– Yes. In this case, Almodóvar told me the idea of the film at a dinner about twelve years ago. It’s something he does. He has an idea and he tells me about it, and then a few years later he sends me a script of that idea. It can happen in different ways, all magical for me. The first time he shared anything about this story with me, we were in New York, doing press for ‘All About My Mother.’ He told me some things about the story that later changed, evolved a lot into something else. But that was the root of the story. Later, when we were confined in Madrid, we made one of our calls, a facetime, and he told me: “By the way, I’ve taken this story out of the drawer and I’m thinking of you for the character.” Imagine, he told me in full confinement, when we didn’t know how long we were going to be stuck at home or what the future was, or what kind of future. We didn’t know anything. His script gave me an injection of hope and excitement. Knowing that he had a plan on the horizon encouraged me. The project gave me faith in going out again and leading a normal life, although we didn’t know if it was a plan for a year or five years later. We had no idea. But I will always remember that first phone call. Others followed where he shared his stories of him with me in dire circumstances and those calls became my favorite. His calls were a lifesaver.
– Do you think that Pedro adapts his characters for you?
– I am not with him when he writes, although he is always writing. Even when we travel on promotion, he writes. He always has three scripts in his head. I don’t know how he does it, but he’s been that way ever since I met him. However, Pedro is happier when he is filming and I understand it, because the same thing happens to me.
– It seems that you find it more and more difficult to work.
– I have a life that makes me very happy, but even so, even if I have children, who you know obsess me and are the best thing I have in my life, I enjoy my work. I am a family oriented person. I’ve always been like this. I value my family time very much and educating my children is my priority. I’ve been working since I was sixteen years old and I still enjoy that feeling of getting up in the morning and going to the shoot. That makes me feel complete. We actors can have that feeling two or three times a year, but for a director it’s different. In Pedro’s case, he is much happier when he works. I always tell him, “Every summer we have to shoot a movie.” He writes in the winter and we film in the summer. He likes to shoot in the summer.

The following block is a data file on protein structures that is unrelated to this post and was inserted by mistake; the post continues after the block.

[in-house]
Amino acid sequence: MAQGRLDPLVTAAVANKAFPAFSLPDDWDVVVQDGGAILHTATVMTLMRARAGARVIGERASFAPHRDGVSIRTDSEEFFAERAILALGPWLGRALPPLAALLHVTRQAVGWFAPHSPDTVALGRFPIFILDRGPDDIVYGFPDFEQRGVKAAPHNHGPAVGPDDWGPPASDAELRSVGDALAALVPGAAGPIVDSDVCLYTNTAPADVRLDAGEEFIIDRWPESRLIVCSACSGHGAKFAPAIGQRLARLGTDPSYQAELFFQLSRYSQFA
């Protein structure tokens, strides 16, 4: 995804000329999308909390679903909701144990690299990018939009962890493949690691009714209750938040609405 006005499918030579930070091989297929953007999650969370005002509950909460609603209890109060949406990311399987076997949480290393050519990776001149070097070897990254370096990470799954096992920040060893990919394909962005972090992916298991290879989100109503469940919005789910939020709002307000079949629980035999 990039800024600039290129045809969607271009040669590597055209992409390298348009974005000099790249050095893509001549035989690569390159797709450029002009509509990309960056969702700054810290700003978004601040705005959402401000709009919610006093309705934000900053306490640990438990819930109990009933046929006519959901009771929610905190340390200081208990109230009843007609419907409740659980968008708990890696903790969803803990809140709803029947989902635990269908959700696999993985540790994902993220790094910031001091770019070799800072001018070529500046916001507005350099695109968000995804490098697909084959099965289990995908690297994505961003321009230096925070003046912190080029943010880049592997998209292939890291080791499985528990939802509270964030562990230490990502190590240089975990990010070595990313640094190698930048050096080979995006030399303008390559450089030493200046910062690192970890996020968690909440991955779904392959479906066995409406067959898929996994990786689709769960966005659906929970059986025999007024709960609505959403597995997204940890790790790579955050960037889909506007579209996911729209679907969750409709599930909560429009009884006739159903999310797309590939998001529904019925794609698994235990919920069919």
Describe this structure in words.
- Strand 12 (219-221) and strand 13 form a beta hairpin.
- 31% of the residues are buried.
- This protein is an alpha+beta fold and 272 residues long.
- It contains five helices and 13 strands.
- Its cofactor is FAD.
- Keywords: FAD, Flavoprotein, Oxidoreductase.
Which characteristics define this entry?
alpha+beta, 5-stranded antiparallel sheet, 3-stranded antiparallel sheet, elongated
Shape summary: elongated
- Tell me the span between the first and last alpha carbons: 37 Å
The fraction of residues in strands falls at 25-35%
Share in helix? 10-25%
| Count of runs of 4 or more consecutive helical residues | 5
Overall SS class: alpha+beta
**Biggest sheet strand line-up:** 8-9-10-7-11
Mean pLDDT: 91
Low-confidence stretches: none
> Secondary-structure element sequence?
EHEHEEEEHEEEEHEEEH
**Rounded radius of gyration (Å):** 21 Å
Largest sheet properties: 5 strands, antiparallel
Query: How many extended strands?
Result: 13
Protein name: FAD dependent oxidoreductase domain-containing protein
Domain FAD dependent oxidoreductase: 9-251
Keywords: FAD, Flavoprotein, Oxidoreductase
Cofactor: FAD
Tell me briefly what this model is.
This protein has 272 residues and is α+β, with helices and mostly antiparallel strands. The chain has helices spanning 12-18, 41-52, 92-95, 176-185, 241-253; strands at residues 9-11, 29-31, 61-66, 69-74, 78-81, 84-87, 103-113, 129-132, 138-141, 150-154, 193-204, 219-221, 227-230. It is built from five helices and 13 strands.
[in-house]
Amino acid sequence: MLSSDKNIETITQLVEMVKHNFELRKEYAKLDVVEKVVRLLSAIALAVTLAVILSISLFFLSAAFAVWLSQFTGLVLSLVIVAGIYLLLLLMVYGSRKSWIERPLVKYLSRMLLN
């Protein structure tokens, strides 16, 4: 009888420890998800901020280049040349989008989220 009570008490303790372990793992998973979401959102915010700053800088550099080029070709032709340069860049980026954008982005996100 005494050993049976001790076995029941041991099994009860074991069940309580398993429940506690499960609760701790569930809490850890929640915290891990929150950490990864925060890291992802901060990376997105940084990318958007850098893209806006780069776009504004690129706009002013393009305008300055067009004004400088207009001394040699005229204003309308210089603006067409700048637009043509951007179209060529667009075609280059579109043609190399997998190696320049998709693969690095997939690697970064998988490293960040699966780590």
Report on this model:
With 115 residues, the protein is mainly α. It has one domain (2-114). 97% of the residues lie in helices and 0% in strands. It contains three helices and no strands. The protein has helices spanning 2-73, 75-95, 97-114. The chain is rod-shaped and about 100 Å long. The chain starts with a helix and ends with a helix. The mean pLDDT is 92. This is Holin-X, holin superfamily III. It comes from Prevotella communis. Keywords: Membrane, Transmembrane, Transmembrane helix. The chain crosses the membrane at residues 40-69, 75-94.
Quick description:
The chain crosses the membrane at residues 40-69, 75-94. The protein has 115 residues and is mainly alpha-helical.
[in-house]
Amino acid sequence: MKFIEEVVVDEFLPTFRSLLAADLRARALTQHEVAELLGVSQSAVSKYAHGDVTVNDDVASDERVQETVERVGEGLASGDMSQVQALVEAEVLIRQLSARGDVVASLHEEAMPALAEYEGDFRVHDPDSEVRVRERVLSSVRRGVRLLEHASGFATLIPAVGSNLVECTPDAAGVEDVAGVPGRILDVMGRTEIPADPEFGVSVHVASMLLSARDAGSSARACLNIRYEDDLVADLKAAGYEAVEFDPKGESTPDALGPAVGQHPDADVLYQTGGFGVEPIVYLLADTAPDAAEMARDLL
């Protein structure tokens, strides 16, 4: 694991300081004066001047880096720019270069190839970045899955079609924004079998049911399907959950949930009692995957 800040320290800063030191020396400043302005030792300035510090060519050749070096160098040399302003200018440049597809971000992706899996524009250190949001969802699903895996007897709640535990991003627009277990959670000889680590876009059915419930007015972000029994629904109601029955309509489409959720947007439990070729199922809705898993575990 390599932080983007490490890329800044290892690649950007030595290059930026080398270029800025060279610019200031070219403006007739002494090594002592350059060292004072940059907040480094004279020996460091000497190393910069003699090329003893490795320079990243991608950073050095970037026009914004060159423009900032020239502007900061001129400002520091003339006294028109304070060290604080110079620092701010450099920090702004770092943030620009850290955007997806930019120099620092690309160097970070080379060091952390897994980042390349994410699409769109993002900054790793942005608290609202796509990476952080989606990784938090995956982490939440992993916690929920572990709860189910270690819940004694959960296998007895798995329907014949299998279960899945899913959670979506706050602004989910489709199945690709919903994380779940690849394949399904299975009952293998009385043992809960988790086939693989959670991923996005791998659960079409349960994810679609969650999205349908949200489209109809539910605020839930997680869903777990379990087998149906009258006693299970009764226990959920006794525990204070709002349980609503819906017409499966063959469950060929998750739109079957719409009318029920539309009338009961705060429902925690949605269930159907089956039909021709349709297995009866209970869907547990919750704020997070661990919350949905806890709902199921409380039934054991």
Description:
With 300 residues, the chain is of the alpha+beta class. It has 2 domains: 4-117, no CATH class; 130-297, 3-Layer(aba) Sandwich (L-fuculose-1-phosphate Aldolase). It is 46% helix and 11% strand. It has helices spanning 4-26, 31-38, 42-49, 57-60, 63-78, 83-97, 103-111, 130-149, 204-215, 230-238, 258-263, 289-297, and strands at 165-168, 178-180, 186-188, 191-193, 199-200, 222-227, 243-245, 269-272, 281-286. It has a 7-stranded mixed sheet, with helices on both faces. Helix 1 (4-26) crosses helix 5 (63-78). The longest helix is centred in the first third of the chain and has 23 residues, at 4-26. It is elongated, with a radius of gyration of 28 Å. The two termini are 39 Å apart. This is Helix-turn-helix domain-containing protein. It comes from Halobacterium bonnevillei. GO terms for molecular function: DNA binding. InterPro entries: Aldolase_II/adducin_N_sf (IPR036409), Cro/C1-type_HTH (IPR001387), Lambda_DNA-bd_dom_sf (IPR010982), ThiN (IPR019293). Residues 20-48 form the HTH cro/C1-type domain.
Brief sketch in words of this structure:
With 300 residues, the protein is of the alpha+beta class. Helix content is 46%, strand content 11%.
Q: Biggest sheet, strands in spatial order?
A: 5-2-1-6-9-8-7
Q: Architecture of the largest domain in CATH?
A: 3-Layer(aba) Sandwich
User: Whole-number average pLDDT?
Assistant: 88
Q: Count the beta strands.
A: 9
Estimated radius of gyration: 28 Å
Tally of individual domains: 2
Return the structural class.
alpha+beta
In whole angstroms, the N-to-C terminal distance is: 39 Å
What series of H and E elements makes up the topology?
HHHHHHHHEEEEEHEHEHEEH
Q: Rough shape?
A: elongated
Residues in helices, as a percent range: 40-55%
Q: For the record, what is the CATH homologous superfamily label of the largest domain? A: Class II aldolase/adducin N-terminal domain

– How do you prepare a character?
– In order to put myself in the place of a character, I always try to understand him thoroughly, even without necessarily sharing his moral decisions. I never wonder if we have anything in common.
– Would you say that this is the most political Almodóvar?
– Pedro touches on certain issues in a way that goes far beyond the need to open a political debate. He is not what he is looking for. As Janis’s character explains to someone from another generation, “I have this mission in life to be able to honor my family members, I just want to be able to give them a proper burial.” It is impossible not to understand that. I think the way he touches on this topic is very beautiful and very successful because it goes beyond where each character is, or which side each one is on in politics. Pedro speaks of the basic needs of dignity that any human being deserves in this world.